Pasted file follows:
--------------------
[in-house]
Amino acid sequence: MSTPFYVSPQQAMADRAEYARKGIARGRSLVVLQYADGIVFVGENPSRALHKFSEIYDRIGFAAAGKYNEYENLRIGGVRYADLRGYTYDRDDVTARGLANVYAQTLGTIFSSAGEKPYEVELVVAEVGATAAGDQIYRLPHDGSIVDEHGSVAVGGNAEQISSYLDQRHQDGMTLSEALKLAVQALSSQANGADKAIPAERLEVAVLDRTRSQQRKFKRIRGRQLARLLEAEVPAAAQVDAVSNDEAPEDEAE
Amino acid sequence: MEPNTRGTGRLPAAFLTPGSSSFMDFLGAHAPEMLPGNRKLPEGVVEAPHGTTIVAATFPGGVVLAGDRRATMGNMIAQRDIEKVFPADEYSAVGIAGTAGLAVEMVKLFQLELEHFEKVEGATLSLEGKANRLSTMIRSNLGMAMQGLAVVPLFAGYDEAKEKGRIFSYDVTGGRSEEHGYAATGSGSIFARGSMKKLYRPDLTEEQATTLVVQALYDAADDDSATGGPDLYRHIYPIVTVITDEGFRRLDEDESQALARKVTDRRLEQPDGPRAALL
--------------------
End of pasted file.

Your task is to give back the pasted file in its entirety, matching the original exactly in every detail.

[in-house]
Amino acid sequence: MSTPFYVSPQQAMADRAEYARKGIARGRSLVVLQYADGIVFVGENPSRALHKFSEIYDRIGFAAAGKYNEYENLRIGGVRYADLRGYTYDRDDVTARGLANVYAQTLGTIFSSAGEKPYEVELVVAEVGATAAGDQIYRLPHDGSIVDEHGSVAVGGNAEQISSYLDQRHQDGMTLSEALKLAVQALSSQANGADKAIPAERLEVAVLDRTRSQQRKFKRIRGRQLARLLEAEVPAAAQVDAVSNDEAPEDEAE
Amino acid sequence: MEPNTRGTGRLPAAFLTPGSSSFMDFLGAHAPEMLPGNRKLPEGVVEAPHGTTIVAATFPGGVVLAGDRRATMGNMIAQRDIEKVFPADEYSAVGIAGTAGLAVEMVKLFQLELEHFEKVEGATLSLEGKANRLSTMIRSNLGMAMQGLAVVPLFAGYDEAKEKGRIFSYDVTGGRSEEHGYAATGSGSIFARGSMKKLYRPDLTEEQATTLVVQALYDAADDDSATGGPDLYRHIYPIVTVITDEGFRRLDEDESQALARKVTDRRLEQPDGPRAALL